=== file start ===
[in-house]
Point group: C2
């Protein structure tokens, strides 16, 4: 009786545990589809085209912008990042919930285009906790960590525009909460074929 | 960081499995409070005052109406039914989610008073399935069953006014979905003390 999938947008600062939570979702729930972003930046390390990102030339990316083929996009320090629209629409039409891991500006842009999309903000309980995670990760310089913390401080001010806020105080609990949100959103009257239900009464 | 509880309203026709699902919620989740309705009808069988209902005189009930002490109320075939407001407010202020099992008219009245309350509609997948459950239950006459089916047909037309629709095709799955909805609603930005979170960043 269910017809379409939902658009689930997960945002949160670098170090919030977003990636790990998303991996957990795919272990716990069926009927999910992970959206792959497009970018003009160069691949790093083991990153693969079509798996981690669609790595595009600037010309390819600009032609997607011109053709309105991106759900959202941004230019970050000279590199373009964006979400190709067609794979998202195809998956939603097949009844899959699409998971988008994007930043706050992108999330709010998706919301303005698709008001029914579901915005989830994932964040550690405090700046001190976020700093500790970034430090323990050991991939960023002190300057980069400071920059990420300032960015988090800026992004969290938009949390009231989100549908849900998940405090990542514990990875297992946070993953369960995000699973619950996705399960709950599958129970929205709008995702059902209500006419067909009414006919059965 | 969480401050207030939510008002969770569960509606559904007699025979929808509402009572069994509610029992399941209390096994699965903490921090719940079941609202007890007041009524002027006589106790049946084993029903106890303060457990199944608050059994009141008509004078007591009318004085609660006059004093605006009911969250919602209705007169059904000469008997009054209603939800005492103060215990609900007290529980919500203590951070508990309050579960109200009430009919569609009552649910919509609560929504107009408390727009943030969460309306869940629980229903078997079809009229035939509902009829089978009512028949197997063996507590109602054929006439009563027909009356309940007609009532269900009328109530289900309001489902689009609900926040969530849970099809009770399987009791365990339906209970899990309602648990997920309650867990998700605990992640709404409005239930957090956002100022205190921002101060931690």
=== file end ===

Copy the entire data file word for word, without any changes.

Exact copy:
[in-house]
Point group: C2
């Protein structure tokens, strides 16, 4: 009786545990589809085209912008990042919930285009906790960590525009909460074929 | 960081499995409070005052109406039914989610008073399935069953006014979905003390 999938947008600062939570979702729930972003930046390390990102030339990316083929996009320090629209629409039409891991500006842009999309903000309980995670990760310089913390401080001010806020105080609990949100959103009257239900009464 | 509880309203026709699902919620989740309705009808069988209902005189009930002490109320075939407001407010202020099992008219009245309350509609997948459950239950006459089916047909037309629709095709799955909805609603930005979170960043 269910017809379409939902658009689930997960945002949160670098170090919030977003990636790990998303991996957990795919272990716990069926009927999910992970959206792959497009970018003009160069691949790093083991990153693969079509798996981690669609790595595009600037010309390819600009032609997607011109053709309105991106759900959202941004230019970050000279590199373009964006979400190709067609794979998202195809998956939603097949009844899959699409998971988008994007930043706050992108999330709010998706919301303005698709008001029914579901915005989830994932964040550690405090700046001190976020700093500790970034430090323990050991991939960023002190300057980069400071920059990420300032960015988090800026992004969290938009949390009231989100549908849900998940405090990542514990990875297992946070993953369960995000699973619950996705399960709950599958129970929205709008995702059902209500006419067909009414006919059965 | 969480401050207030939510008002969770569960509606559904007699025979929808509402009572069994509610029992399941209390096994699965903490921090719940079941609202007890007041009524002027006589106790049946084993029903106890303060457990199944608050059994009141008509004078007591009318004085609660006059004093605006009911969250919602209705007169059904000469008997009054209603939800005492103060215990609900007290529980919500203590951070508990309050579960109200009430009919569609009552649910919509609560929504107009408390727009943030969460309306869940629980229903078997079809009229035939509902009829089978009512028949197997063996507590109602054929006439009563027909009356309940007609009532269900009328109530289900309001489902689009609900926040969530849970099809009770399987009791365990339906209970899990309602648990997920309650867990998700605990992640709404409005239930957090956002100022205190921002101060931690």